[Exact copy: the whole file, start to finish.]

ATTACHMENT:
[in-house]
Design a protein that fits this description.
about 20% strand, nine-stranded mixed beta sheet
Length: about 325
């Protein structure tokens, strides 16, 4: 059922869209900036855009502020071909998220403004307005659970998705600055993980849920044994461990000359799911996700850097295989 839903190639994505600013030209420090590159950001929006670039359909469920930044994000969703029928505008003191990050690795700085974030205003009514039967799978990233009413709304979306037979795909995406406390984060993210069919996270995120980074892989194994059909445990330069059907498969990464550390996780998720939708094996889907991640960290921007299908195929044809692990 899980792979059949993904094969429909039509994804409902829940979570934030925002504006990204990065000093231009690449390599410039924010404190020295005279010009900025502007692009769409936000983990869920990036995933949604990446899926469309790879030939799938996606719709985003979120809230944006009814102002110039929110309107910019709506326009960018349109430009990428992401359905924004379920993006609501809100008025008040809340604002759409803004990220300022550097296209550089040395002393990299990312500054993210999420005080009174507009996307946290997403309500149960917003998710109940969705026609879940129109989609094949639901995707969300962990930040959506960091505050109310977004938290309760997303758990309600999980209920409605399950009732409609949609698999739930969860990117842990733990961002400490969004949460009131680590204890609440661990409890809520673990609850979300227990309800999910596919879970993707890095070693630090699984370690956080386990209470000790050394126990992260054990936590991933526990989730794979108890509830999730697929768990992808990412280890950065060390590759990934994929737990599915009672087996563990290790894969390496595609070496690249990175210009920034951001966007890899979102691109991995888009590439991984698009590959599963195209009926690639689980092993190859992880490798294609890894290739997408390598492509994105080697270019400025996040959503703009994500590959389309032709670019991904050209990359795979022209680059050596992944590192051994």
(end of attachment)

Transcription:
[in-house]
Design a protein that fits this description.
about 20% strand, nine-stranded mixed beta sheet
Length: about 325
């Protein structure tokens, strides 16, 4: 059922869209900036855009502020071909998220403004307005659970998705600055993980849920044994461990000359799911996700850097295989 839903190639994505600013030209420090590159950001929006670039359909469920930044994000969703029928505008003191990050690795700085974030205003009514039967799978990233009413709304979306037979795909995406406390984060993210069919996270995120980074892989194994059909445990330069059907498969990464550390996780998720939708094996889907991640960290921007299908195929044809692990 899980792979059949993904094969429909039509994804409902829940979570934030925002504006990204990065000093231009690449390599410039924010404190020295005279010009900025502007692009769409936000983990869920990036995933949604990446899926469309790879030939799938996606719709985003979120809230944006009814102002110039929110309107910019709506326009960018349109430009990428992401359905924004379920993006609501809100008025008040809340604002759409803004990220300022550097296209550089040395002393990299990312500054993210999420005080009174507009996307946290997403309500149960917003998710109940969705026609879940129109989609094949639901995707969300962990930040959506960091505050109310977004938290309760997303758990309600999980209920409605399950009732409609949609698999739930969860990117842990733990961002400490969004949460009131680590204890609440661990409890809520673990609850979300227990309800999910596919879970993707890095070693630090699984370690956080386990209470000790050394126990992260054990936590991933526990989730794979108890509830999730697929768990992808990412280890950065060390590759990934994929737990599915009672087996563990290790894969390496595609070496690249990175210009920034951001966007890899979102691109991995888009590439991984698009590959599963195209009926690639689980092993190859992880490798294609890894290739997408390598492509994105080697270019400025996040959503703009994500590959389309032709670019991904050209990359795979022209680059050596992944590192051994």